Bankruptcy refers to a situation where a person or business is unable to repay their outstanding debts. It usually starts from a petition filed either by the debtor (the one who owes the debt) or on behalf of creditors (the other side who asks for the debt).

In most cases, it is the debtors that file the petition, because through filing for bankruptcy they may get a chance to start fresh. Specifically, the debtor’s assets, after being measured and evaluated, would be used to repay a part of outstanding debt. Even if the debtor’s assets cannot cover all the debts they owe, the remaining debts will be forgiven due to bankruptcy.

Only people with outstanding debt could and would like to file a bankruptcy. After you file for bankruptcy, you will get an “automatic stay”. It means your debt is block and the creditors can no longer collect your debts. So the creditors will not be able to deduct money from your bank account or take away your secured assets.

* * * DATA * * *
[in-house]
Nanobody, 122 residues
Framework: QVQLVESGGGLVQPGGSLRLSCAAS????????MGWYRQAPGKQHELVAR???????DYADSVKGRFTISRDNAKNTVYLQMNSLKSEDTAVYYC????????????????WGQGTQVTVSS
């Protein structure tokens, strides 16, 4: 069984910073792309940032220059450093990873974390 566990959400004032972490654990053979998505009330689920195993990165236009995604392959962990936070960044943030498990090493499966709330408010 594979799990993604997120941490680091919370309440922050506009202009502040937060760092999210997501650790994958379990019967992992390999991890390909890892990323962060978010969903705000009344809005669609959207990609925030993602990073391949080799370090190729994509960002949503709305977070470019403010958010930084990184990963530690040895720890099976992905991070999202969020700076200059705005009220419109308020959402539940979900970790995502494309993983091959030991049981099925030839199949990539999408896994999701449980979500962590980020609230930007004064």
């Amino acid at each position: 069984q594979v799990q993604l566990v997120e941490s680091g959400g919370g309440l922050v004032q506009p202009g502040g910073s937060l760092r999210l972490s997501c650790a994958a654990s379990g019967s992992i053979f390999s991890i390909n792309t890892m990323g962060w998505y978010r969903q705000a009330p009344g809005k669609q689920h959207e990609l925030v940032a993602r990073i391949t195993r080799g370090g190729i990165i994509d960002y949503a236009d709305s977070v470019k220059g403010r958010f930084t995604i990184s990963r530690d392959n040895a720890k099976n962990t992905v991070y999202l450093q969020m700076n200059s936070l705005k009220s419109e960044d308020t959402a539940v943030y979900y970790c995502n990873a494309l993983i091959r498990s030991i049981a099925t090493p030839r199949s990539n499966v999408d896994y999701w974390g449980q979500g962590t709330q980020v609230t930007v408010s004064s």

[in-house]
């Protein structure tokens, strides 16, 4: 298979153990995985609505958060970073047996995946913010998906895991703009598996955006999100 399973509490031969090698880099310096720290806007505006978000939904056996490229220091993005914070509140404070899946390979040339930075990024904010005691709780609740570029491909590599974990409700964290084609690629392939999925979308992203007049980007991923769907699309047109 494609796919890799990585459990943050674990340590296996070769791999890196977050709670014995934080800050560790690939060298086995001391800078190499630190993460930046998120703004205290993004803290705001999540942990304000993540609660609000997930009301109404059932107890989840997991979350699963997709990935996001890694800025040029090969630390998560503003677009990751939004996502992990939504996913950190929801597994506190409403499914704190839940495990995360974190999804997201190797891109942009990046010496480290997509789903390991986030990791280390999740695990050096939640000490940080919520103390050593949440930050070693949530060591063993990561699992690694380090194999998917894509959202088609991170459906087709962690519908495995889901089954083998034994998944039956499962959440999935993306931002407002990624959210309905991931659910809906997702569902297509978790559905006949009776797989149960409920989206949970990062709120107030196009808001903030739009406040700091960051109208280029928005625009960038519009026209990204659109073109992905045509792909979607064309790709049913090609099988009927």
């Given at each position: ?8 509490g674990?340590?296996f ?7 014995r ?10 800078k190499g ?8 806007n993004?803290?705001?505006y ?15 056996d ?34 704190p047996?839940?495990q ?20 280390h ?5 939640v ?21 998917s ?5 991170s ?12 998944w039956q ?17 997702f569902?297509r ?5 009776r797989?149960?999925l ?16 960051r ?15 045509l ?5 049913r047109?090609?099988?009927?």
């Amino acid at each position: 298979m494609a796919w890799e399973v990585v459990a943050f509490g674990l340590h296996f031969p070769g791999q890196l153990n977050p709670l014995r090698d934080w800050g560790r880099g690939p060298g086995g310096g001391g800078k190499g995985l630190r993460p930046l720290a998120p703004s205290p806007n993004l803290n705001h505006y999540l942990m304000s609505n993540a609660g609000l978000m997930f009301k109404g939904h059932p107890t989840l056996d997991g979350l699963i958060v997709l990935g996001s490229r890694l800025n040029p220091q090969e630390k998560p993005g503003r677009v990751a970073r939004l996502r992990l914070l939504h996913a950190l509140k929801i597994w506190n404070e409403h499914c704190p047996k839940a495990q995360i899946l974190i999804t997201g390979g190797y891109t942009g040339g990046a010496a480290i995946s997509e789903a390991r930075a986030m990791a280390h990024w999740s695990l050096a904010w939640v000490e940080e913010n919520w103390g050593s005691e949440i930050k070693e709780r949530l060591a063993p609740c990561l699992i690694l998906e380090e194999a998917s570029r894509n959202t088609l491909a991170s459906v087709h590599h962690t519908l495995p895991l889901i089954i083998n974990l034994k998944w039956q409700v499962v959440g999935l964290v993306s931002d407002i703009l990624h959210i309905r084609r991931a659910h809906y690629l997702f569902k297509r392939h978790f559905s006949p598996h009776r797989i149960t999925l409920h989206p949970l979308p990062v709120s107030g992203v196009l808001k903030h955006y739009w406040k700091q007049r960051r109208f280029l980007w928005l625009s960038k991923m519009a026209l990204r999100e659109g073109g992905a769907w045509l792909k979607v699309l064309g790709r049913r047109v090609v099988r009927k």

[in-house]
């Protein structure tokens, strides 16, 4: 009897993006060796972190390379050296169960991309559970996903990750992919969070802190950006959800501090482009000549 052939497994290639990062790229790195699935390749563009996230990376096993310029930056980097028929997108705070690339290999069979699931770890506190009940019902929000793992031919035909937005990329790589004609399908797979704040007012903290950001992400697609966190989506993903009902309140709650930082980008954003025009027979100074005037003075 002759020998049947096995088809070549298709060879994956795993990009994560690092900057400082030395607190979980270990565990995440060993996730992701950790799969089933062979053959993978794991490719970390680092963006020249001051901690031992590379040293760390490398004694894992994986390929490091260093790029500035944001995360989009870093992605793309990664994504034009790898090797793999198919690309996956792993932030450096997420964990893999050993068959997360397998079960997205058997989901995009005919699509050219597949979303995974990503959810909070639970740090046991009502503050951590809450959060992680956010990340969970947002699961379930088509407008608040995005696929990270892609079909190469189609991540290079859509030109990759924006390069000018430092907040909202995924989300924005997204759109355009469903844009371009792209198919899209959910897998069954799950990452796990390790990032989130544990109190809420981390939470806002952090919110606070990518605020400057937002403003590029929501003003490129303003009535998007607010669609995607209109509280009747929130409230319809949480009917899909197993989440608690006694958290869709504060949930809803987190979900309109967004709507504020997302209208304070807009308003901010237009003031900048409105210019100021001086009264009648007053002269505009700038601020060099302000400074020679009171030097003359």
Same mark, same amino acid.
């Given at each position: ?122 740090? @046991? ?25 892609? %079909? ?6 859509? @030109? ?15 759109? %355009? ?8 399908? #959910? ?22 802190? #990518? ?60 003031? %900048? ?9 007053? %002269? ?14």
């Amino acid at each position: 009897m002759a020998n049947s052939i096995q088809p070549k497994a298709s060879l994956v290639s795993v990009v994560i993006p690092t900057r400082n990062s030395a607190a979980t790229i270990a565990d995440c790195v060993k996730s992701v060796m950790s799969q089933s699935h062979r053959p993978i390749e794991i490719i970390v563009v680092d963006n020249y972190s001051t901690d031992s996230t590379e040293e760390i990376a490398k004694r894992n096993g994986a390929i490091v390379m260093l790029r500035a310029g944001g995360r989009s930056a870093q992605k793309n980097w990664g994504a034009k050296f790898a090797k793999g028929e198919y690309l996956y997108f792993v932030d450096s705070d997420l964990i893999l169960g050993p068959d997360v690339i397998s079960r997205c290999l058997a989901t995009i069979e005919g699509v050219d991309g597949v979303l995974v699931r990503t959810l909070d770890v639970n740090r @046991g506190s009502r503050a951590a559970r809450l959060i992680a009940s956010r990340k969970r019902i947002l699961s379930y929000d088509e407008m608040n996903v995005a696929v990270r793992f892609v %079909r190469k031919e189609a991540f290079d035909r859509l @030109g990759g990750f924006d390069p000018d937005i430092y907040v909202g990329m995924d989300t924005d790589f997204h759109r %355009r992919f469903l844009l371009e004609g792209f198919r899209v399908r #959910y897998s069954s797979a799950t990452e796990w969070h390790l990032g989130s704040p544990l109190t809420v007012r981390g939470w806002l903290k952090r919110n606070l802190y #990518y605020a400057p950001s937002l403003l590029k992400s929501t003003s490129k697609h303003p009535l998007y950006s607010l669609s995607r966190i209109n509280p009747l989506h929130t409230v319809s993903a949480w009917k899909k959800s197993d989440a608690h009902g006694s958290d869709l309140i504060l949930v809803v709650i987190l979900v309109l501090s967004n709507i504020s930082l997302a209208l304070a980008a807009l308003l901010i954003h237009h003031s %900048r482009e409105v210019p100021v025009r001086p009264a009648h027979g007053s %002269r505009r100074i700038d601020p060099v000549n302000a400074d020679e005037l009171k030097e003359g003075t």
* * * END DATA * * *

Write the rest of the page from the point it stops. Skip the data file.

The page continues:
That might sound good, but filing bankruptcy is no quick fix to escape from your debts. Bankruptcy is a serious business and it is only handled in federal courts. And you shall meet the rules stated in the U.S. Bankruptcy Code. The types of bankruptcy are usually referred to by their chapter in the U.S. Bankruptcy Code. Since each chapter has lots of requirements and rules, you need to meet all these requirements before filing for a bankruptcy. Besides, although bankruptcy can allow you a fresh start, the record of bankruptcy will negatively impact your credit history for a number of years. This means it will be difficult for you to borrow money or open new lines of credit card in the future.

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